Over on YouTube user crookedninja5 has uploaded a video showing what he calls the “Easy HF dongle mod”. The mod involves soldering a wire from Pin 1 on the RTL2832U chip to the static protection diode near the antenna input. At the same time he also uses the modified RTL-SDR dll file for SDR# which enables the “no hardware mod” direct sampling mode.
Using this mod he is able to get decent coverage of 0 – 14.4 MHz.
First Tomasz used his RTL-SDR with SDR# to capture a few sound files of the gate remote which transmits at 433 MHz. Then he viewed the sound waveform’s in Audacity, a free audio editing program. Just by looking at the waveform he was able to determine that the signal was On-Off Key (OOK) modulated and that each frame of the transmission was the same, meaning that no security scheme was used.
Next he wrote down the transmission parameters that he learned from his analysis and built a simple 433 MHz transmitter which he connected to a microcontroller. After programming his microcontroller to send a copied signal he was able to open the gate.
The hardware of the device consists of an RTL-SDR, a MGZ 30889 preamp, a noise source, a 28V boost converter to power the noise source and a serial to USB converter to control the noise source. They also created their own custom software in C# to go along with the hardware.
Their results showed that this setup was comparable to a professional noise figure test set.
Mile also uses a band pass filter and notch filter to improve the dynamic range of the RTL-SDR. Additionally, in the video he shows a comparison between a large delta loop antenna and the mini-whip active antenna which shows better performance by the mini-whip.
RTL-SDR on VLF (ALPHA Russian Long Range Navigation System receiving in Macedonia with MiniWhip)
The popular YouTube electronics channel Hak5 has uploaded a video showing how they analyzed GSM signals using an RTL-SDR, Wireshark and Airprobe. In their video they use parts of our analyzing GSM tutorial and explain and show visually how to set up all the software.
Using these methods they were able to receive GSM data from a base tower and see various system information.
Using A RTL-SDR To Learn About The GSM Network Around You, Hak5 1621
In our previous post we featured a video by OH2FTG which showed an RTL-SDR transmitting at 1270 MHz. Now OH2FTG has written in to give us some more information about the RTL-SDR transmitter. He has done a short writeup explaining how it’s done on his website. It turns out that the RTL-SDR is actually capable of transmitting a FSK morse beacon using it’s leaky oscillator.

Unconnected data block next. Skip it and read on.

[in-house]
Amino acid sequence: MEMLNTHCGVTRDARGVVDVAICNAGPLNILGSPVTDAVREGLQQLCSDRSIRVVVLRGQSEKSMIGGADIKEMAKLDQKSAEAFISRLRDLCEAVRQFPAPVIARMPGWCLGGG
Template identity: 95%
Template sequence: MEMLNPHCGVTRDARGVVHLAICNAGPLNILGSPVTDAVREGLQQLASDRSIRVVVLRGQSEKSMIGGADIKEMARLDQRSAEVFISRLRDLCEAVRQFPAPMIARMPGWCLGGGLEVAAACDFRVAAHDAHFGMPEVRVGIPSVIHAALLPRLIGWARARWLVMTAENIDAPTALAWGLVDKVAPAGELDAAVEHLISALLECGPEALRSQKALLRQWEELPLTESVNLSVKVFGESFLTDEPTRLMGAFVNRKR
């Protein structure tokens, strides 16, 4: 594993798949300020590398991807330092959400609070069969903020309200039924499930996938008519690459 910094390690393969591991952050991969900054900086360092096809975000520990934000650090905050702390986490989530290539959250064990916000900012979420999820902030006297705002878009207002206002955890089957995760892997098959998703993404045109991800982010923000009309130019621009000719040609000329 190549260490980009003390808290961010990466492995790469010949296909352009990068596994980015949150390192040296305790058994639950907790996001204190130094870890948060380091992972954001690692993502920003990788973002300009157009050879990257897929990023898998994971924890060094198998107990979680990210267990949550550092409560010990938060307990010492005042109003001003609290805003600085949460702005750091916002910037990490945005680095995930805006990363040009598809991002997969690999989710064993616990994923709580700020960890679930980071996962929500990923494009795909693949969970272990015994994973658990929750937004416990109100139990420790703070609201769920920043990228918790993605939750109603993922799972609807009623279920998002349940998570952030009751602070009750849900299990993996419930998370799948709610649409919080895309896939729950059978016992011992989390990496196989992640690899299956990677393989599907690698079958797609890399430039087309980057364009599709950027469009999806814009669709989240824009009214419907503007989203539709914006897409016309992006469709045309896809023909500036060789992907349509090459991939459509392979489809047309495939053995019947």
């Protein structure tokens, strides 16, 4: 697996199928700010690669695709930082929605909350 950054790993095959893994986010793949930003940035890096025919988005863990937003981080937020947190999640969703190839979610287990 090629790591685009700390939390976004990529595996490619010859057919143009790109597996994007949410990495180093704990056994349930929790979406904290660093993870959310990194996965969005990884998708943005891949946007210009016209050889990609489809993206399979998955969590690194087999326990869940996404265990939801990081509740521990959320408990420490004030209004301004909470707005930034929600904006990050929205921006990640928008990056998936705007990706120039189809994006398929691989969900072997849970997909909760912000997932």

In the video, code written by another ham OH2EAT is used. OH2EAT’s code essentially changes the frequency on the transmitting RTL-SDR at up to 300 times a second using a modified driver. This is used to create a Frequency Shift Keyed (FSK) transmission.
The modulating transmitter code is not yet available as it is not yet ready for release. In the future OH2FTG hopes to build an amplifier to boost the signal output for further experiments.
We’ve recently created a new radio signal identification guide over a www.sigidwiki.com. This is a wikipedia styled site which is editable by anyone. We hope that some readers will make a contribution by adding new reference signals, fixing mistakes or identifying unknown signals. Any comments or requests about the page are also welcome.
You can still contribute known or unknown signals to rtlsdrblog__AT__gmail__dot__com and I will add them to the sigidwiki myself.
Over on YouTube user oh2ftg has uploaded a video apparently showing an RTL-SDR transmitting a low power signal at 1270 MHz. His explanation as to how it is possible to transmit with an RTL-SDR is that the local oscillator in the RTL-SDR is leaky, so it can be abused as a low power transmitter.
We aren’t sure how he enabled the transmissions or if it even is transmitting a real signal or just noise, but we hope someone can let us know in the comments. At the moment we think its just noise which changes its tune as the oscillator tunes to different frequencies.
Over on our Forums xynium has told us about his recently released an AIS decoder called PNAIS which appears to directly connect to the RTL-SDR and decode AIS data. After decoding it then outputs the decoded NMEA data via UDP, which could then be received and used in map plotting software such as OpenCPN.
AIS is and acronym for Automatic Identification System and is a system used by ships to broadcast position and vessel information.
Over on YouTube user Alex swl has uploaded a video showing his reception of a Very Low Frequency (VLF) radio signal using a laptop running SDRSharp and a Chirio Mini Whip antenna connected directly to the laptop’s sound card input.
Every year on Alexanderson Day (this year on 29/06/2014) and some other days the Varberg VLF Radio Station in Sweden transmits a morse code message using a 1.9 km (1.2 mile) horizontal wire antenna at 17.2 kHz with callsign SAQ. Because the transmission frequency is so low, a standard PC soundcard can be used to directly receive the signal.
Alex swl was able to receive this signal in Italy.